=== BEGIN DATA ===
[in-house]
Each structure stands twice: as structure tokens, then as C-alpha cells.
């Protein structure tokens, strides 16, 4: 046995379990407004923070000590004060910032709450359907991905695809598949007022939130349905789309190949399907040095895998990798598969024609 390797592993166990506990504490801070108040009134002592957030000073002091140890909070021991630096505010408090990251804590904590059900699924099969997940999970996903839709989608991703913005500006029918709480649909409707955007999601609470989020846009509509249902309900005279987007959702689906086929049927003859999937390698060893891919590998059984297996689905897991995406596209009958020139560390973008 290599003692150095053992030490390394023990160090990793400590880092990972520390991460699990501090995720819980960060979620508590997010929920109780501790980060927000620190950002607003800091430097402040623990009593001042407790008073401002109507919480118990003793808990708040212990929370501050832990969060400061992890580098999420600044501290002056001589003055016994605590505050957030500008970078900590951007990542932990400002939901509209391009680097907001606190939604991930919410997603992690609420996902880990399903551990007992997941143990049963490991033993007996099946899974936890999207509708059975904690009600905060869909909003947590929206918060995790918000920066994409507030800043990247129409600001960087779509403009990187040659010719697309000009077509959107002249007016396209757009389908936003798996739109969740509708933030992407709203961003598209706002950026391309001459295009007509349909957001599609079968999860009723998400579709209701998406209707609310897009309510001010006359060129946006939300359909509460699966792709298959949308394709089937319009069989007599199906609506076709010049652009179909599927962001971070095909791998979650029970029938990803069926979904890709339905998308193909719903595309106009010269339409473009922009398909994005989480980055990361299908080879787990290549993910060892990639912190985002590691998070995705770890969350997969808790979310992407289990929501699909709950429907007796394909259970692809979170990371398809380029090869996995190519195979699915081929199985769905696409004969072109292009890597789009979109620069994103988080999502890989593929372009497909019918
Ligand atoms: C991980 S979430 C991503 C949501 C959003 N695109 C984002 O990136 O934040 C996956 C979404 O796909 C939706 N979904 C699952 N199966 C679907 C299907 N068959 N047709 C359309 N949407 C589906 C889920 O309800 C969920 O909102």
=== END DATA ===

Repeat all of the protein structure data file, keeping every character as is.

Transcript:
[in-house]
Each structure stands twice: as structure tokens, then as C-alpha cells.
């Protein structure tokens, strides 16, 4: 046995379990407004923070000590004060910032709450359907991905695809598949007022939130349905789309190949399907040095895998990798598969024609 390797592993166990506990504490801070108040009134002592957030000073002091140890909070021991630096505010408090990251804590904590059900699924099969997940999970996903839709989608991703913005500006029918709480649909409707955007999601609470989020846009509509249902309900005279987007959702689906086929049927003859999937390698060893891919590998059984297996689905897991995406596209009958020139560390973008 290599003692150095053992030490390394023990160090990793400590880092990972520390991460699990501090995720819980960060979620508590997010929920109780501790980060927000620190950002607003800091430097402040623990009593001042407790008073401002109507919480118990003793808990708040212990929370501050832990969060400061992890580098999420600044501290002056001589003055016994605590505050957030500008970078900590951007990542932990400002939901509209391009680097907001606190939604991930919410997603992690609420996902880990399903551990007992997941143990049963490991033993007996099946899974936890999207509708059975904690009600905060869909909003947590929206918060995790918000920066994409507030800043990247129409600001960087779509403009990187040659010719697309000009077509959107002249007016396209757009389908936003798996739109969740509708933030992407709203961003598209706002950026391309001459295009007509349909957001599609079968999860009723998400579709209701998406209707609310897009309510001010006359060129946006939300359909509460699966792709298959949308394709089937319009069989007599199906609506076709010049652009179909599927962001971070095909791998979650029970029938990803069926979904890709339905998308193909719903595309106009010269339409473009922009398909994005989480980055990361299908080879787990290549993910060892990639912190985002590691998070995705770890969350997969808790979310992407289990929501699909709950429907007796394909259970692809979170990371398809380029090869996995190519195979699915081929199985769905696409004969072109292009890597789009979109620069994103988080999502890989593929372009497909019918
Ligand atoms: C991980 S979430 C991503 C949501 C959003 N695109 C984002 O990136 O934040 C996956 C979404 O796909 C939706 N979904 C699952 N199966 C679907 C299907 N068959 N047709 C359309 N949407 C589906 C889920 O309800 C969920 O909102």